(43.) Carrada-Bravo T. Los metodos de laboratorio en el diagnostico de la coccidioidomicosis. Rev Chil Infectol Organo Of Soc Chil Infectol. 2014; 31(3):293-7. http://

(44.) Saubolle MA. Laboratory aspects in the diagnosis of coccidioidomycosis. Ann N Y Acad Sci. 2007; 1111:301-14.

(45.) Nelson S, Vytopil M. Recurrence of coccidioidal meningitis after discontinuation of fluconazole. JAMA Neurol. 2013; 70(12):1586. pubmed/24322515

(46.) Galgiani JN, Catanzaro A, Cloud GA, Higgs J, Friedman BA, Larsen RA, et al. Fluconazole therapy for coccidioidal meningitis. The NIAID-Mycoses Study Group. Ann Intern Med. 1993; 119(1):28-35.

(47.) Catanzaro A, Galgiani JN, Levine BE, Sharkey-Mathis PK, Fierer J, Stevens DA, et al. Fluconazole in the treatment of chronic pulmonary and nonmeningeal disseminated coccidioidomycosis. NIAID Mycoses Study Group. Am J Med. 1995; 98(3):249-56.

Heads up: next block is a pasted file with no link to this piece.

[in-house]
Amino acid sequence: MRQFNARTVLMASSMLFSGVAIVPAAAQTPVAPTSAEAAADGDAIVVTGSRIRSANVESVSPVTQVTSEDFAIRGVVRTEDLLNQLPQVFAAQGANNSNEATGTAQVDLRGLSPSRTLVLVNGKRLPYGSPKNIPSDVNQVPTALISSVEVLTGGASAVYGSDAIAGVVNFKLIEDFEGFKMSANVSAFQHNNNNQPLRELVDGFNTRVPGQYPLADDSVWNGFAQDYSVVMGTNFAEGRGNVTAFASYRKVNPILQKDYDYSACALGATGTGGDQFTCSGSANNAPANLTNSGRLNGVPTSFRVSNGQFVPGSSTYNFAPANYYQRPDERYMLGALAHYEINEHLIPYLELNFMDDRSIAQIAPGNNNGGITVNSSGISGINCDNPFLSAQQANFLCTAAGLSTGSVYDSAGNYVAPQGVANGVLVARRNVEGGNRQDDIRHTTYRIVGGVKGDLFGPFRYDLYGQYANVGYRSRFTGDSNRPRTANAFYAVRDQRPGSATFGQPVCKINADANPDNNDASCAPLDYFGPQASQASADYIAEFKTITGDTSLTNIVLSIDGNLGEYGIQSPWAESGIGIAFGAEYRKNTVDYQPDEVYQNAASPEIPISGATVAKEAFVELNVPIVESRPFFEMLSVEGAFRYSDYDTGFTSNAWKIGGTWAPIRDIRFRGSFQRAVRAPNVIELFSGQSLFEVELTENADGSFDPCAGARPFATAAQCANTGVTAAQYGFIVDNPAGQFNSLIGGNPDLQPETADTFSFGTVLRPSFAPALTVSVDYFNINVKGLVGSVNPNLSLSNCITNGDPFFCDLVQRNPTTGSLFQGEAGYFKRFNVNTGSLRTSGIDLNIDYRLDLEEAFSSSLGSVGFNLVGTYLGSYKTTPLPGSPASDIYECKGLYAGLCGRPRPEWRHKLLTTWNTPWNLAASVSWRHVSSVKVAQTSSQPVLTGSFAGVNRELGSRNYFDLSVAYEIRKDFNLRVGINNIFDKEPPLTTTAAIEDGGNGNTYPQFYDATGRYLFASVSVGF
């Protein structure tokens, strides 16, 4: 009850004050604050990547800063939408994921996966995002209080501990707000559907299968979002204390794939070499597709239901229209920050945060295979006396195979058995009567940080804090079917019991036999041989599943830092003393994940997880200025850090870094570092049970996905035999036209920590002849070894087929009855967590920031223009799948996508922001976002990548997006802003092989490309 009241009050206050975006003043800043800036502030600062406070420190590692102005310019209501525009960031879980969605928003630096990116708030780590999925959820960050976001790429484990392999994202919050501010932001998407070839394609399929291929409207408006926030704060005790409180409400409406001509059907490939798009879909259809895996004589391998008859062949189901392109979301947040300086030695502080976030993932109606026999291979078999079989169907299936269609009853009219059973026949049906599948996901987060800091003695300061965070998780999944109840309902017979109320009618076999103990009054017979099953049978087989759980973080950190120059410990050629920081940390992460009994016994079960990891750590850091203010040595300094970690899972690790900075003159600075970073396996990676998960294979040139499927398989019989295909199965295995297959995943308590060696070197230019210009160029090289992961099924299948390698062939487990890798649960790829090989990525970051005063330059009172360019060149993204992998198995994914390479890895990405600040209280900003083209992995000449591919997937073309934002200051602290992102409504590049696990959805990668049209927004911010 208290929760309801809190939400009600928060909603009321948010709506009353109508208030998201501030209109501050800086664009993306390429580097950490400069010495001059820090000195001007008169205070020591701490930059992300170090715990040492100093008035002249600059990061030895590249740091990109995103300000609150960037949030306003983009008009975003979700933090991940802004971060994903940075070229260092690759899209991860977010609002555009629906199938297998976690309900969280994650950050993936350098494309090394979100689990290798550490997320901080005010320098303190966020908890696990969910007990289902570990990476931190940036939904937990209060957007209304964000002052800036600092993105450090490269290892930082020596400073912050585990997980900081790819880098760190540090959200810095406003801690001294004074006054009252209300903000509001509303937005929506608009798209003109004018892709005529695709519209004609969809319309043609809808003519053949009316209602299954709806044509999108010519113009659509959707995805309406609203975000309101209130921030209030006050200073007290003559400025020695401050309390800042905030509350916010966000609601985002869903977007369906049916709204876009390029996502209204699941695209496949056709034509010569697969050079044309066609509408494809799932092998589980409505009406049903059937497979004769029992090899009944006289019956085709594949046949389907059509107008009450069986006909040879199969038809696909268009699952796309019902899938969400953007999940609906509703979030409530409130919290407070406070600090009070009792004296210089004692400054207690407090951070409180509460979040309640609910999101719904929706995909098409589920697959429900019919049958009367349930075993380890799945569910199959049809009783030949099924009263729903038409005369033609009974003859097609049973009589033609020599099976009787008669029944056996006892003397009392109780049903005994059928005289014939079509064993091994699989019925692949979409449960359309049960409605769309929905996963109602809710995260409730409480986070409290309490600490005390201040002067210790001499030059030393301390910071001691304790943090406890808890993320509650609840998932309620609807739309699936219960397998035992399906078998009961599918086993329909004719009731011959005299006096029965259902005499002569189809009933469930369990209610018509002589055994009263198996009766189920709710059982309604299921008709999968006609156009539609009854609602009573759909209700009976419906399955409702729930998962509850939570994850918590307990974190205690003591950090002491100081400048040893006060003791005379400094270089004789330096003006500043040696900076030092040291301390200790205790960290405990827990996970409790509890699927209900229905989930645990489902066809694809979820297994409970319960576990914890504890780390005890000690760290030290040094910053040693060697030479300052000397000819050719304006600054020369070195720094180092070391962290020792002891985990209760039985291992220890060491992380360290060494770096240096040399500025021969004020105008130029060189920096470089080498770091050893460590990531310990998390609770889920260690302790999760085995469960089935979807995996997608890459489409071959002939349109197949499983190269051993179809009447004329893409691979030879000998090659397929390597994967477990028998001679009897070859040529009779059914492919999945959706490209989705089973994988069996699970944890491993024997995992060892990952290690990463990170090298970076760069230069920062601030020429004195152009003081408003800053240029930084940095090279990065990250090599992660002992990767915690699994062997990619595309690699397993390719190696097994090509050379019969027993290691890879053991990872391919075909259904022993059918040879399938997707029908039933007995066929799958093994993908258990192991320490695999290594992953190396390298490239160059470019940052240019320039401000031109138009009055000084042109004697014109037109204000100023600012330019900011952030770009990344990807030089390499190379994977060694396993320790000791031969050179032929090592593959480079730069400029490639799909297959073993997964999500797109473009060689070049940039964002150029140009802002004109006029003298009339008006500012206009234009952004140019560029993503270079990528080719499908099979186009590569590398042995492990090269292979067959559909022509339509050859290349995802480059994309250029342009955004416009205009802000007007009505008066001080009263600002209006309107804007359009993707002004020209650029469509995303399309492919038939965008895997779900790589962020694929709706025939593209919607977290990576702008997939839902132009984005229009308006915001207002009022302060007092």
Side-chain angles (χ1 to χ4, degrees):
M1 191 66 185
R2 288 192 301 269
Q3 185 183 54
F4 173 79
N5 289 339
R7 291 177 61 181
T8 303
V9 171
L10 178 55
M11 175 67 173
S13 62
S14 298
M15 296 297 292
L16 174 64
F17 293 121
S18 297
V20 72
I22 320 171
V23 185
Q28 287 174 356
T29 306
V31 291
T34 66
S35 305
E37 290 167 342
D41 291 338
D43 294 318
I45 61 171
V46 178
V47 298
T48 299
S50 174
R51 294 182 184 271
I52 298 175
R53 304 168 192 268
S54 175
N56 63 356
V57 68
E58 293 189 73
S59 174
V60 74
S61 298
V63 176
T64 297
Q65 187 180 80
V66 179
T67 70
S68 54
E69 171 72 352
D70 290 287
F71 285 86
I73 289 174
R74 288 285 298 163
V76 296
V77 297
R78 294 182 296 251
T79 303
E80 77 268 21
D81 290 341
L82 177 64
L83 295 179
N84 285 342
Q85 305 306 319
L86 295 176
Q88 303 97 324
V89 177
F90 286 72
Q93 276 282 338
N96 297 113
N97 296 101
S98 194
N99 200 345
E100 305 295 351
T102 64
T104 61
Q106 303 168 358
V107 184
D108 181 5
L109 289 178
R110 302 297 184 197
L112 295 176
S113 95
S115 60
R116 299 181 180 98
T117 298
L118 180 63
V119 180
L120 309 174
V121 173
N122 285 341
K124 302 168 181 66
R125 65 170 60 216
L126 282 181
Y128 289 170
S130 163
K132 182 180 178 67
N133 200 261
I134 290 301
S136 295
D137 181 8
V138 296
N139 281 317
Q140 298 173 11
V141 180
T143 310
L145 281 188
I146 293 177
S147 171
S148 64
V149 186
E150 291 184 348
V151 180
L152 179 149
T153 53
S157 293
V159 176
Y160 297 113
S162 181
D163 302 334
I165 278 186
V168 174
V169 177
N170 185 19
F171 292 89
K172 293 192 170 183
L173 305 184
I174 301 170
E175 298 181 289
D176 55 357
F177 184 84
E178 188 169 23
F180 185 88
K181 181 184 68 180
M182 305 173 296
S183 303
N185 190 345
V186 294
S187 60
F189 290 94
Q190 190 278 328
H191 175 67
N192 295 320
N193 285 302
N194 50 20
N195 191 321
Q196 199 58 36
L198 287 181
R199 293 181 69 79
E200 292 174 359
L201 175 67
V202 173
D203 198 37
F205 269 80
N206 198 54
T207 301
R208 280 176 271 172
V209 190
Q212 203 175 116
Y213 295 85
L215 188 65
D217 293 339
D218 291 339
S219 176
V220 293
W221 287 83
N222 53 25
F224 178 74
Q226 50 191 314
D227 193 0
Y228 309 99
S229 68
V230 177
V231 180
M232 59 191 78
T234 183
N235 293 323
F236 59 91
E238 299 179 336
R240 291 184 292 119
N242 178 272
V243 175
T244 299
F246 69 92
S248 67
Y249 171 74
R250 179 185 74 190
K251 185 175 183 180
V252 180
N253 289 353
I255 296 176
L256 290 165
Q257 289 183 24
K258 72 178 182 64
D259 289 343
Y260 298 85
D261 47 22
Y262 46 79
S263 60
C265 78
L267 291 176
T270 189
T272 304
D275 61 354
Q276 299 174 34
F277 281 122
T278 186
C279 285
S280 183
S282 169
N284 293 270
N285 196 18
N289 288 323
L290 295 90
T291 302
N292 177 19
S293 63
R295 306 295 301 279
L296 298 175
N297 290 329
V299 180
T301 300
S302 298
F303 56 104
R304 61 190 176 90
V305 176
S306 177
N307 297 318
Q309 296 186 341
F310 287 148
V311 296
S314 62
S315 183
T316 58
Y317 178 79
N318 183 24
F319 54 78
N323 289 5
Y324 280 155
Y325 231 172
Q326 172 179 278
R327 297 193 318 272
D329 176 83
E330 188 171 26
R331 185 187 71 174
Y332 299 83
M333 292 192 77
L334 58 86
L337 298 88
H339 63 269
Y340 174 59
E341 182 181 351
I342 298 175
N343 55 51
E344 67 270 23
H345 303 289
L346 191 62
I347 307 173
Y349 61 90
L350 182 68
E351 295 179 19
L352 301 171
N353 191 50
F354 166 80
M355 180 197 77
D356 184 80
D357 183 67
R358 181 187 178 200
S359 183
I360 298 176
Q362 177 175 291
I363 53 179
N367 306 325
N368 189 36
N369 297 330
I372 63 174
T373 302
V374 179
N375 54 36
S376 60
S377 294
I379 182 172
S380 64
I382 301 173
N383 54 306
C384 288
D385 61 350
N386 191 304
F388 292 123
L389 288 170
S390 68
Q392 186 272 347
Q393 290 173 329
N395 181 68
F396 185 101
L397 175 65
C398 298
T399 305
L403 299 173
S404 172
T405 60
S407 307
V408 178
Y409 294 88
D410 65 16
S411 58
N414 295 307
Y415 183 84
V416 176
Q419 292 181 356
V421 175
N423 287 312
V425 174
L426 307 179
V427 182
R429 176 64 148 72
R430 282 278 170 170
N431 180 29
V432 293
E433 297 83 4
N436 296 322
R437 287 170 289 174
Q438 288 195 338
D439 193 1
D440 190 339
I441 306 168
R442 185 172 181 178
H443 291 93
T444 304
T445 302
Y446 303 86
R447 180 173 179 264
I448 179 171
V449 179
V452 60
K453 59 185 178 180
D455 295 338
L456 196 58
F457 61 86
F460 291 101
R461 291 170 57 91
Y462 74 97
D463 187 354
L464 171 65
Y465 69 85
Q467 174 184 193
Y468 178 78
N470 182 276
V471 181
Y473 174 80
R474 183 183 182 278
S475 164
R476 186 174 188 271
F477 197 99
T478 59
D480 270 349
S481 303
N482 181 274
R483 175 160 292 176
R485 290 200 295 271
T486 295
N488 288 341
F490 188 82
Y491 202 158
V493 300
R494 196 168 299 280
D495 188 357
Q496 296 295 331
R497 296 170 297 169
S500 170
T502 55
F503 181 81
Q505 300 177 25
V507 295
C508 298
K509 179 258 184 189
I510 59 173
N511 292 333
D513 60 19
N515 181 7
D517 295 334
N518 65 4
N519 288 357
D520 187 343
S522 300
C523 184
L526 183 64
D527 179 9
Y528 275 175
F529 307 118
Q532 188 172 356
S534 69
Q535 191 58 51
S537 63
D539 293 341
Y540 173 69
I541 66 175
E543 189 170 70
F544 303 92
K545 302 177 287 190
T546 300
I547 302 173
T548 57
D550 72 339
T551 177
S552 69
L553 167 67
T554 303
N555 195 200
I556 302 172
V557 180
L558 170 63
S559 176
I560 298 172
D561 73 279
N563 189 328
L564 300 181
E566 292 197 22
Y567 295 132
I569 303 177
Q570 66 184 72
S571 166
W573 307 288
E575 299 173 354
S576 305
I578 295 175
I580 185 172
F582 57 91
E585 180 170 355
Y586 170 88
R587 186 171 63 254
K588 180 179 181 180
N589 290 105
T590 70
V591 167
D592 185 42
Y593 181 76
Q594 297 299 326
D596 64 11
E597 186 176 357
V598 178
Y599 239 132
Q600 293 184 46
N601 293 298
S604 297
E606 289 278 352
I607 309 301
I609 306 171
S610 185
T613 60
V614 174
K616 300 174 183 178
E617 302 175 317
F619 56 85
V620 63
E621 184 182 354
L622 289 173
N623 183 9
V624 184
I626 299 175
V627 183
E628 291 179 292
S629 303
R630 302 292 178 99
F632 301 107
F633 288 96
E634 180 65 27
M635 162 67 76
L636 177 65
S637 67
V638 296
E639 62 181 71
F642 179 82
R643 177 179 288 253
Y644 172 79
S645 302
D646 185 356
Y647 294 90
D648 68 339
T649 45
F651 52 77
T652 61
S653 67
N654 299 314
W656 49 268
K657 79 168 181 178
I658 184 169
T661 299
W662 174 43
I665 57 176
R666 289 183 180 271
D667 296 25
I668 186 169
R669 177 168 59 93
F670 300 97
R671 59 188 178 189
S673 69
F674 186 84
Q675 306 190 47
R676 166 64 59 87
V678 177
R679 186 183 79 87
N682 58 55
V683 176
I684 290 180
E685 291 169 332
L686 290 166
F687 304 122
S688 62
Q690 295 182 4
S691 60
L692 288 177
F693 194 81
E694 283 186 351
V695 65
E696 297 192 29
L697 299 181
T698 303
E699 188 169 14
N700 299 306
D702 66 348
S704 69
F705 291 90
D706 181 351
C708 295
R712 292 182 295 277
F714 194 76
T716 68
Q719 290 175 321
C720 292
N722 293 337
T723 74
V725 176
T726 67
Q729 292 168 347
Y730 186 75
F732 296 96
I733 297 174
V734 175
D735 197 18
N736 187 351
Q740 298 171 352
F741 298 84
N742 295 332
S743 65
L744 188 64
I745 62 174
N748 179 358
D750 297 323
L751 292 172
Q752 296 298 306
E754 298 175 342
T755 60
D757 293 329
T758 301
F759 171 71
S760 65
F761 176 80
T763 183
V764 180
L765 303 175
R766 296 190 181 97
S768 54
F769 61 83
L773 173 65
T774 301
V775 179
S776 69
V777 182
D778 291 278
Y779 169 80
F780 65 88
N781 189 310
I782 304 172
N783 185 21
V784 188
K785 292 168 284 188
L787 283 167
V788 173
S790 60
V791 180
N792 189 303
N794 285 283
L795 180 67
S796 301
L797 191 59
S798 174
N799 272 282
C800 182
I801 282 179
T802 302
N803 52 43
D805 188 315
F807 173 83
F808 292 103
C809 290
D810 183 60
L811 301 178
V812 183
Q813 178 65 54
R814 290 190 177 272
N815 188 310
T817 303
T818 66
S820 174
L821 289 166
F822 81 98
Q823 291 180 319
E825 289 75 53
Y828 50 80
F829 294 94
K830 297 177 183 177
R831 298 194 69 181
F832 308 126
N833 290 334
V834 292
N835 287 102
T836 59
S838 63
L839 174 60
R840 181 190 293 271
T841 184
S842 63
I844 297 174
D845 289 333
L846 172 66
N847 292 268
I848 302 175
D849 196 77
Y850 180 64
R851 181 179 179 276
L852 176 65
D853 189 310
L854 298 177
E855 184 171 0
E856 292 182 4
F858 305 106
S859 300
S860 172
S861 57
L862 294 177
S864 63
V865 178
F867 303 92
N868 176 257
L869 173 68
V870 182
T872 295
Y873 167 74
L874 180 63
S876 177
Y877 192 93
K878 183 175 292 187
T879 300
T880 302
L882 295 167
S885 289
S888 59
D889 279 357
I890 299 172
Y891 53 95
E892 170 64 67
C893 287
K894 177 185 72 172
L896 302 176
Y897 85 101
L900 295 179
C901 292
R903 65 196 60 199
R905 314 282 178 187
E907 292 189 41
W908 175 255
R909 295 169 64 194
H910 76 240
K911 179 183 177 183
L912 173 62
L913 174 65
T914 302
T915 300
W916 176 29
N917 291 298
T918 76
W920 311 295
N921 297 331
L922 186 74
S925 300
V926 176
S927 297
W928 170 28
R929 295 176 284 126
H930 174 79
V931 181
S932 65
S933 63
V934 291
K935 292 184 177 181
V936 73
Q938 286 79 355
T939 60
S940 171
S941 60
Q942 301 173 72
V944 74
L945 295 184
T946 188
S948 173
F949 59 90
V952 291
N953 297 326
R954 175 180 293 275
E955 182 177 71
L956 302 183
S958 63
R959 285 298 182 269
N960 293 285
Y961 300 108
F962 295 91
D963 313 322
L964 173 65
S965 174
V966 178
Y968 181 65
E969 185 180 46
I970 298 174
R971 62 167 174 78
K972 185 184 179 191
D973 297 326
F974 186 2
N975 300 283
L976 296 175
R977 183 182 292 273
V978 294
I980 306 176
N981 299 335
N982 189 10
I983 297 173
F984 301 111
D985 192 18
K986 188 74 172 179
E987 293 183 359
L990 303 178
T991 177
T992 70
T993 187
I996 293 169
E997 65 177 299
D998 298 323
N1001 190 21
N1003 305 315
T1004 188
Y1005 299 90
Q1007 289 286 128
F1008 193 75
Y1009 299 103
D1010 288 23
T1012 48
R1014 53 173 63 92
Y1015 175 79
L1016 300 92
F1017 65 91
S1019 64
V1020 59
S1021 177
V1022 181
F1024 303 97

(48.) Dewsnup DH, Galgiani JN, Graybill JR, Diaz M, Rendon A, Cloud GA, et al. Is it ever safe to stop azole therapy for Coccidioides immitis meningitis? Ann Intern Med. 1996; 124(3):305-10.

(49.) Galgiani JN, Catanzaro A, Cloud GA, Johnson RH, Williams PL, Mirels LF, et al. Comparison of oral fluconazole and itraconazole for progressive, nonmeningeal coccidioidomycosis. A randomized, double-blind trial. Mycoses Study Group. Ann Intern Med. 2000; 133(9):676-86. 11074900

(50.) Treatment of skin disease. Comprehensive Therapeutic Strategies Lebwohl, Lebwohl, Oxford: Saunders; 2013.